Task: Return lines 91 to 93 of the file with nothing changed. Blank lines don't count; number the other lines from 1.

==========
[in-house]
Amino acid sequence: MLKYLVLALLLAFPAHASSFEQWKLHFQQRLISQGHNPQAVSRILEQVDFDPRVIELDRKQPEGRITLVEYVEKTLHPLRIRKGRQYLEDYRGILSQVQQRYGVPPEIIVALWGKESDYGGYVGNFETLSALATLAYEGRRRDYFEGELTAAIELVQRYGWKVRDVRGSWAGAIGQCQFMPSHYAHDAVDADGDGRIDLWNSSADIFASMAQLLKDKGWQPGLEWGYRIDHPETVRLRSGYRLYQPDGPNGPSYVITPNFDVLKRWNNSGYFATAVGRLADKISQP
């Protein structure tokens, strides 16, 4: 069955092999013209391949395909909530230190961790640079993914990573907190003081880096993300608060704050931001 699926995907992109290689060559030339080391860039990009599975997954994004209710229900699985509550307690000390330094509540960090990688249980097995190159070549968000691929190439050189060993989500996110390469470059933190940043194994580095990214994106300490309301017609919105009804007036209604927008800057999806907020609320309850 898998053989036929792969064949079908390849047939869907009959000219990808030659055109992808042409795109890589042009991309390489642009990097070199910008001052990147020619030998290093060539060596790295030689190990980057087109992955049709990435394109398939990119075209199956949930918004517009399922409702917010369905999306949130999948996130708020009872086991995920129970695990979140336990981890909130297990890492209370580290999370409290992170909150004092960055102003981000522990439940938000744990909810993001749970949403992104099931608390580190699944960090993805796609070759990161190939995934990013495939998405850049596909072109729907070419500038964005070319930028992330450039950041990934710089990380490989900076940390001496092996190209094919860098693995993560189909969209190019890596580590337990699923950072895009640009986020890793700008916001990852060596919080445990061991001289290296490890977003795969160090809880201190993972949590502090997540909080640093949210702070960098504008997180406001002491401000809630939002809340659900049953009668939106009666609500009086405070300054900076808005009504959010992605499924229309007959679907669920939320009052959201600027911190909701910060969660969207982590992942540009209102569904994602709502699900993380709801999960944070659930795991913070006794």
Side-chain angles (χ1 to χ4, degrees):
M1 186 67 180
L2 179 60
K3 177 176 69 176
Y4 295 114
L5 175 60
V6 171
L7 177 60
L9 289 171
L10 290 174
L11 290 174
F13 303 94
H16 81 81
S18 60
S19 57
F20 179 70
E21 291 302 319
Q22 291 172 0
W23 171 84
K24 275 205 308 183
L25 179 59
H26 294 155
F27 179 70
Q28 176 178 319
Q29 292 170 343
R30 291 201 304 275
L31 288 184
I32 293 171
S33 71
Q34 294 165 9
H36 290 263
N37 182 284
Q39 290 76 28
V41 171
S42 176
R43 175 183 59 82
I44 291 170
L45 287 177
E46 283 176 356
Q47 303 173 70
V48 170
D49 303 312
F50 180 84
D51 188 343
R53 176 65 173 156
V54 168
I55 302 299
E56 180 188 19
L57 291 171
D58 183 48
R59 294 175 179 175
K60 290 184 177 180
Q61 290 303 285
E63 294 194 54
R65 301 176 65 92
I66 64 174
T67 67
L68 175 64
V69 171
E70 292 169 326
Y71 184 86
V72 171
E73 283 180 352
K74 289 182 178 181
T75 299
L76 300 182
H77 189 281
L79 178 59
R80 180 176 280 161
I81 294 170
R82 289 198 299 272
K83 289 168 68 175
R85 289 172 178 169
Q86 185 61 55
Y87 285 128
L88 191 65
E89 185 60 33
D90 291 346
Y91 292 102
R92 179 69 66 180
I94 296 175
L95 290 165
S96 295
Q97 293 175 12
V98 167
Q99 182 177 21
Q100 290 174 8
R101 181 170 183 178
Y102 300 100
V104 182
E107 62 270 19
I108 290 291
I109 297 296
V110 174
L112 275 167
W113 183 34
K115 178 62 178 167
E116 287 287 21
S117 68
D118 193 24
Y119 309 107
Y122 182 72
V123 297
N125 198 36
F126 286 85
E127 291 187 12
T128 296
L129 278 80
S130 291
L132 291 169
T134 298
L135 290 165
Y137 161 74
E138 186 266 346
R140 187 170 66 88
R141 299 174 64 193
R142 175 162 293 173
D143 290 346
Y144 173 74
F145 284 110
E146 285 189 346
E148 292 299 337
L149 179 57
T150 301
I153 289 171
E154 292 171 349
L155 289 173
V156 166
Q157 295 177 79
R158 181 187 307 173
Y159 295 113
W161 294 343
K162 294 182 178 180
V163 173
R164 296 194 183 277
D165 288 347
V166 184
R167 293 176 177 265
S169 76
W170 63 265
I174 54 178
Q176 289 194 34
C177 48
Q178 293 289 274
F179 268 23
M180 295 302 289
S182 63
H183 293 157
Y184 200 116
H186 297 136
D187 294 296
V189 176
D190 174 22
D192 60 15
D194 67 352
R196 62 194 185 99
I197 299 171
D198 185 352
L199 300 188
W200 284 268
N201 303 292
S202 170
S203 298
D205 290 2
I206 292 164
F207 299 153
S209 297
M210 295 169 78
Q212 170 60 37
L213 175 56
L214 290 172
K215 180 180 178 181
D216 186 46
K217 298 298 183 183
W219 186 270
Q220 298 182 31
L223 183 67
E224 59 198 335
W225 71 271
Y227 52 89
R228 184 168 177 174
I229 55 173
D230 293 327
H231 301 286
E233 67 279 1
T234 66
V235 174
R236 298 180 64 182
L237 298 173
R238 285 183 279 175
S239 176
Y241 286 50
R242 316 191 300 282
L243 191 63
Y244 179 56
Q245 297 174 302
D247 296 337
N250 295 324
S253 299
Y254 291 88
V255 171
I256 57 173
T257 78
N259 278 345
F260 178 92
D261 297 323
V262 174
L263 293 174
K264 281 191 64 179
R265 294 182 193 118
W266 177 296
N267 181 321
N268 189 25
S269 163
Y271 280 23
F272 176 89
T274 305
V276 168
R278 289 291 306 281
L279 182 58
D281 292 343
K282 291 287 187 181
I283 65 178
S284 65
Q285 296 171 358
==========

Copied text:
R101 181 170 183 178
Y102 300 100
V104 182